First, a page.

The challenge that was set for the first Hack session was a deep thorn in our flesh. We had replaced the font from Verdana to Noto Sans in the app without fully understanding the repercussions. The font scale that had been defined considering Verdana was not suited to Noto Sans and that had led to issues like truncated text, uneven spaces and unpleasant typography. So the task at hand was to define a new scale, apply it across the app and end the session with a visual check. On the first day, a visual designer and UI developer got together over a call to standardize the font sizes across the app. There was excitement and energy and the day ended with the team achieving one milestone in their challenge. The excitement lasted till the time we began VQA (Visual Quality Assurance) on the next day. Even though the standardisation had worked for the Roman script, we discovered that there was more to be done when other language scripts were considered. This could not be ignored since the system was being used in around 52 countries. The optimistic team attempted to solve this overlooked issue in the few hours left but we knew that there was no way the task could be completed in time.
Because we believed that the Hack session was still a good idea, we decided to take responsibility of the situation and report the roadblock. We also asked the leadership team and scrum master for additional time to complete the hack task. This was not an easy ask since there were stories already planned for the team in the sprint.
Placing trust in the team's capabilities, the scrum masters and PMs decided to let the team spare some time to complete their challenge along with their assigned stories in the next few days.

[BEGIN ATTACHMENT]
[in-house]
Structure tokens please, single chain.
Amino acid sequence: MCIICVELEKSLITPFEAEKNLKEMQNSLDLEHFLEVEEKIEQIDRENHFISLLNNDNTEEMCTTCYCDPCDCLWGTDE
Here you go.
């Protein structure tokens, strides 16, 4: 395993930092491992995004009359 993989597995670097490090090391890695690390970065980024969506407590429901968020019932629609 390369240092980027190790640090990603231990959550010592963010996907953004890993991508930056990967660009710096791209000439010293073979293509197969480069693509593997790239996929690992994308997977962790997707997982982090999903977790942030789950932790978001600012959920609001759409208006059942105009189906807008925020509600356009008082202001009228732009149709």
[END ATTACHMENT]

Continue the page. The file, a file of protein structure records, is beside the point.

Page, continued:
By deploying the changes in the sprint build in the next few days, the team accomplished their goal. At the end of the sprint, the results were presented to the larger team. There was applause all around because there was a noticeable difference in the visual experience of the app. Better type hierarchy and good spacing made the user experience feel more polished and premium.
The frequency of the hack sessions increased from one session in two months to one session per month once their efficacy became apparent. Product owners appreciated that the product experience was steadily getting more unified in a short period of time. The design team's wish of addressing the long overdue experience debt was coming true as there was noticeable change in the user experience after each hack session. This outcome not only encouraged us to continue doing such hack sessions, but also explore more opportunities to improve digital product delivery.
Since we were building the rails as we run the train with these Hack sessions, we did run into more problems in the following hack sessions too but we kept getting better over time. Here are some key learnings:
Plan the challenges well in advance. The tech and design leadership must take into account all the possible failure scenarios during the planning phase so that the implementation team won't suffer setbacks during the event. It might happen that the people who set the challenges might not be available to answer questions during the session, so the requirements and expected outcomes must be specified in a detailed, understandable manner.
Maintain the hype around the event. Make a ceremony out of it. Let participants showcase their achievements to everyone and be recognised for it. It helped us establish this practice and get buy in from the powers that be to do more.
Time box the event but keep in mind that it is not meant to be extremely competitive. There might be some scope creep and failures and that's ok. Participants enjoy the rush of working closely together towards a common goal in a race against time. Team optimism is more important here.
Be cautious to select participants who are not already stressed or load them with other work. Overworked participants don't perform well and will eventually bring down morale of the others involved in the event.
Design can be used to not only think about the end user experience, but also about how teams can be made to think and act in ways that assist a user-friendly outcome. To learn more about my experience with hack sessions and how to integrate them into your agile delivery process, feel free to reach out.